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It’s Not the Very Poor That Romney Doesn’t Care About, It’s the Working Poor

Let’s give Mitt Romney the benefit of the doubt: He didn’t really mean it when he said, “I’m not concerned about the very poor.” Or, let’s just say he cares about them no less than he cares about the rest of us. Only 41 percent of respondents in a recent poll said that Romney “cares about people like me,” so if the wisdom of crowds is any guide, the very poor are hardly unique as objects of his indifference.

Let’s look instead at Romney’s follow-up: That there’s a “safety net” for the very poor, and “if there are holes in it, I’ll fix them.” This isn’t just a walk-back of the “not concerned” comment. It represents a very real element of an emerging conservative argument, one that deserves to be taken seriously. In this antiquated vision of the economy, everything is fine for most people, but there is a slice of the “very poor” who might need some help. Poverty, in this vision, is the exception; prosperity and opportunity without government aid is the norm. (Jonathan Cohn noted yesterday that Romney and his party aren’t serious about repairing the safety net, but for our purposes, let’s take him at his word.)

In some ways, Romney’s poverty-exceptionalism is an old postwar liberal vision. John Kenneth Galbraith, in The Affluent Society, wrote about “islands” of poverty in the midst of plenty. Michael Harrington’s breakthrough in The Other America, which will celebrate its fiftieth anniversary this year, was to show that poverty was whiter and more widespread than Galbraith had assumed, touching perhaps 40 million people, which was still just one fifth of the country. (Today we’d call it “the 20%”.) William Julius Wilson, in his 1987 book The Truly Disadvantaged, called for a focus not so much on the breadth of poverty, but on its depth and intractability in one of Galbraith’s “islands,” the black inner-city. Much liberal philanthropy and social services are still driven by a vision not of the economy as a whole, but of poverty as a distinct and identifiable exception within an otherwise functioning system.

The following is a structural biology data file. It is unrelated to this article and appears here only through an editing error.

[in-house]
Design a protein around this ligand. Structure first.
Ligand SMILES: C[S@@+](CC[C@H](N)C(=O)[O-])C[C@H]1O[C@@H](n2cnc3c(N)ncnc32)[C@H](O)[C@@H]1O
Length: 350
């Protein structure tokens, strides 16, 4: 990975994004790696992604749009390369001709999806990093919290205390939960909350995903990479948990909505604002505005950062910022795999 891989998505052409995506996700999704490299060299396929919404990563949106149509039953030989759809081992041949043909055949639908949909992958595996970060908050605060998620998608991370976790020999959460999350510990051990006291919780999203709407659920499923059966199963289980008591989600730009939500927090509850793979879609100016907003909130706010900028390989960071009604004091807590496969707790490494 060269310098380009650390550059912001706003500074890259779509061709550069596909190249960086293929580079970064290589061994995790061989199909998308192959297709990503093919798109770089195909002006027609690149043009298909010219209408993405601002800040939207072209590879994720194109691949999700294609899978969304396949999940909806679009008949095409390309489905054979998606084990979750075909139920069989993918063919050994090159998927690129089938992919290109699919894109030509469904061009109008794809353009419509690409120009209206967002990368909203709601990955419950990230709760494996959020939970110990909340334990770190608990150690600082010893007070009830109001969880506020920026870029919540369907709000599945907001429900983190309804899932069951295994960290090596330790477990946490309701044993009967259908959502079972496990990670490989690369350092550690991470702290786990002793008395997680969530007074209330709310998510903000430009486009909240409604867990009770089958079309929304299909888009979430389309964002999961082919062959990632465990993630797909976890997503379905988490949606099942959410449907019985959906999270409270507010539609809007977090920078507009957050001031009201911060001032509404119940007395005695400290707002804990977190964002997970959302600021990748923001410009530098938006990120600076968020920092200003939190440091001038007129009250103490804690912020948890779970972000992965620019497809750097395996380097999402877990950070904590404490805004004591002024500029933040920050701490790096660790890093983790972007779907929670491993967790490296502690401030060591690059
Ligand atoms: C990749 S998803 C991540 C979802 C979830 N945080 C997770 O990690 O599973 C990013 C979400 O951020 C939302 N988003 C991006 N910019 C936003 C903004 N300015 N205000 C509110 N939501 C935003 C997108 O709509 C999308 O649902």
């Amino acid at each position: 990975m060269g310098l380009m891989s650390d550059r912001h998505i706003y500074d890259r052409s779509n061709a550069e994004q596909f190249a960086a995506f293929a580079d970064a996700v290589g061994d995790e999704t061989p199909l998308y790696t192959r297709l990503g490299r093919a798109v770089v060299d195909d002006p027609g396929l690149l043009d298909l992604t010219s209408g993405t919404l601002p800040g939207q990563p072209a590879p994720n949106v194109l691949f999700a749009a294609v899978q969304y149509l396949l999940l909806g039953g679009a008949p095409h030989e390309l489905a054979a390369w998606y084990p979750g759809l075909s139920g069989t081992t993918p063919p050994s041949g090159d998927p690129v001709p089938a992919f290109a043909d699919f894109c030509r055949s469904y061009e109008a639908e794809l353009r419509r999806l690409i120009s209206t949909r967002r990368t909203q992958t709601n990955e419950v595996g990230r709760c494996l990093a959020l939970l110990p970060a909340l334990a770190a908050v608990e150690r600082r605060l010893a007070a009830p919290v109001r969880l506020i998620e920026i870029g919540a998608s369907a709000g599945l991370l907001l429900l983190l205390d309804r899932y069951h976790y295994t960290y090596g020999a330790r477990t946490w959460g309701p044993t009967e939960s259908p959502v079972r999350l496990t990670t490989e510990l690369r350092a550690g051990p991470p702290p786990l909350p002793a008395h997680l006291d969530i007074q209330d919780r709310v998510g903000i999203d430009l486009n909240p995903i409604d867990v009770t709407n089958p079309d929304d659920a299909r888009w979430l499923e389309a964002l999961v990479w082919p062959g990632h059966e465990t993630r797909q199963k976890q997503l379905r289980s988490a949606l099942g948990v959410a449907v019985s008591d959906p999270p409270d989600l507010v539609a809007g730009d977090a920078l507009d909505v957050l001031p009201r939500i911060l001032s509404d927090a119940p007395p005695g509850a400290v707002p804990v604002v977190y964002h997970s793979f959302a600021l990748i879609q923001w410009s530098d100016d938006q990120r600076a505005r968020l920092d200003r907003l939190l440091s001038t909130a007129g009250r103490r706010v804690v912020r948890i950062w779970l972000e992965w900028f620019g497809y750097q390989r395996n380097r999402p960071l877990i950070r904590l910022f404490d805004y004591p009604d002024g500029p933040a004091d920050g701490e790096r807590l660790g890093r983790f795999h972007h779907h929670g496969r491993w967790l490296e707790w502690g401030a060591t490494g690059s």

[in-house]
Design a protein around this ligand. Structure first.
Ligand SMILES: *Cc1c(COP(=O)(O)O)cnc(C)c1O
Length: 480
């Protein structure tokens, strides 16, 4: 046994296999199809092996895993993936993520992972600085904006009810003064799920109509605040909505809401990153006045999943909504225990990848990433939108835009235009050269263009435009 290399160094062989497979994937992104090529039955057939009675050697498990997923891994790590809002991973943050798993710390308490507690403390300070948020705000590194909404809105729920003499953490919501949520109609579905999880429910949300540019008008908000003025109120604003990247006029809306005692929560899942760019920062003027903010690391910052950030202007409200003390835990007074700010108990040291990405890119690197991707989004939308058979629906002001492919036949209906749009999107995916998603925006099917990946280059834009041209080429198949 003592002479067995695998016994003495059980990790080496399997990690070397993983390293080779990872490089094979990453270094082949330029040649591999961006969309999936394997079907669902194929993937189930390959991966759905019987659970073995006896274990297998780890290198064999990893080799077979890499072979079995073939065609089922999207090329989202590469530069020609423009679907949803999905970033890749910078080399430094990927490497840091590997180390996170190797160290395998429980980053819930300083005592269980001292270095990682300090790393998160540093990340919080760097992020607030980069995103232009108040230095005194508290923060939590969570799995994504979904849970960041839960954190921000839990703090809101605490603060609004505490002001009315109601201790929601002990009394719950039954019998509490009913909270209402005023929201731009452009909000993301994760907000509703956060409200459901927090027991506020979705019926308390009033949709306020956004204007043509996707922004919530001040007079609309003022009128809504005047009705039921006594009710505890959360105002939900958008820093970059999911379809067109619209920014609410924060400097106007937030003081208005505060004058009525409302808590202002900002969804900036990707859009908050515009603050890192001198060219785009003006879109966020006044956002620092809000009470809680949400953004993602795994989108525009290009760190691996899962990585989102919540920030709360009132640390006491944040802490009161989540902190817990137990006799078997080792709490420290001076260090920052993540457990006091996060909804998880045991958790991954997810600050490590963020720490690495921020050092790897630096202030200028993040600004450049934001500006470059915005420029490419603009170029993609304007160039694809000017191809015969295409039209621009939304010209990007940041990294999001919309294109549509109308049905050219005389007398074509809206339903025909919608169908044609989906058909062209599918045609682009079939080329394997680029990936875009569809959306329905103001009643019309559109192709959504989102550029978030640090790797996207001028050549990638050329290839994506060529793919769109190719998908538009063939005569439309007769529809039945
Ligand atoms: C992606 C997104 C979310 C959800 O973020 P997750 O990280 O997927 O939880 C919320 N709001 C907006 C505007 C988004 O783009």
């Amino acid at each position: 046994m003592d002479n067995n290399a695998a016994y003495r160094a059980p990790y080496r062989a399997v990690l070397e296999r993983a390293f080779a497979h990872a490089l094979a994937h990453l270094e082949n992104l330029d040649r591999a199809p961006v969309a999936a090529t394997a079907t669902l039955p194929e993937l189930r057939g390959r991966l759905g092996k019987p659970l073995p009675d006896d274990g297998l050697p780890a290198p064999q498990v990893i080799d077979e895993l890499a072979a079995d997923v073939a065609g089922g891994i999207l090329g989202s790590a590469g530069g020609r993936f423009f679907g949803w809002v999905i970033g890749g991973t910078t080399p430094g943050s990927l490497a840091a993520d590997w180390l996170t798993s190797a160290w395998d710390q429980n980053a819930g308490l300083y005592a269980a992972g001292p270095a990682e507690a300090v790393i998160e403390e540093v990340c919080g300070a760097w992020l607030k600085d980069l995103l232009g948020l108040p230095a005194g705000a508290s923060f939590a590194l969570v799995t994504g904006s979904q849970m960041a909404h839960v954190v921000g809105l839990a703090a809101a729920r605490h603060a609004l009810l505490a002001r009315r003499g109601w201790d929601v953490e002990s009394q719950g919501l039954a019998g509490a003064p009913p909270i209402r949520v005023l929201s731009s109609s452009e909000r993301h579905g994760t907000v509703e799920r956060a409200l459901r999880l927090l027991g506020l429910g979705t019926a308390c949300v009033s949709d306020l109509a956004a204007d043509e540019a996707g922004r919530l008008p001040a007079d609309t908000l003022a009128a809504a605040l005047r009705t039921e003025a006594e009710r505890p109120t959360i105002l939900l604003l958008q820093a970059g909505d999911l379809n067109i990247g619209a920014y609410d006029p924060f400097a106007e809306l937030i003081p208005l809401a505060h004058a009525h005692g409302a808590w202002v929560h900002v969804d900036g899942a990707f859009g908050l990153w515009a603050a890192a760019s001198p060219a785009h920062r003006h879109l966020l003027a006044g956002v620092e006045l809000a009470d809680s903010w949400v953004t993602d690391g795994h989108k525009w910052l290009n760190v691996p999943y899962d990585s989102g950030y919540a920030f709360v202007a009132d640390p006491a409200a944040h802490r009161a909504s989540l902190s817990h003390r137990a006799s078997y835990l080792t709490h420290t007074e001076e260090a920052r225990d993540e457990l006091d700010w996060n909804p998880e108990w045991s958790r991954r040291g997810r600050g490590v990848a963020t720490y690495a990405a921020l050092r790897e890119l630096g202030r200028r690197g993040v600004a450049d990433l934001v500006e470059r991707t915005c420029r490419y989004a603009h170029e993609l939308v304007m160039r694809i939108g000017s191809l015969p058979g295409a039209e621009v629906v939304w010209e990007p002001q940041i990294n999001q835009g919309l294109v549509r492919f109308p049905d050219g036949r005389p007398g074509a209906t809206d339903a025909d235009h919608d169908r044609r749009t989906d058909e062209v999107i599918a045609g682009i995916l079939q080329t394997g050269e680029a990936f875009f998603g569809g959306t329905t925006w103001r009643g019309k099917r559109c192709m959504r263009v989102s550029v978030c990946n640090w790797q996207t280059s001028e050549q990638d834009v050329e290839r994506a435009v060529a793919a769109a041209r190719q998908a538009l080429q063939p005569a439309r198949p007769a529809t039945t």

Often, it was conservatives and Republicans who challenged the poverty-exceptionalism of liberals. Ronald Reagan, for example, was a supporter of the Earned Income Tax Credit, which benefited not the very poor, but those who had low incomes even though they worked. Over the course of the 1980s and 1990s, both Republicans and Democrats gradually built out programs like Medicaid to extend beyond the poverty line, a long trend that culminated in the mandatory expansion of Medicaid by an estimated 16 million people in the Affordable Care Act, as well as the subsidies for people earning up to four times the poverty line. To the extent that the 1996 welfare reform “worked,” it was in part because of these expansions: They ensured that people wouldn’t automatically lose all their other supports if they moved from the ranks of welfare recipients to the working poor. The idea that the safety net could be a trap, unless some of its benefits were extended to the working poor and even beyond, was not purely a conservative idea, but it was a point of significant bipartisan agreement.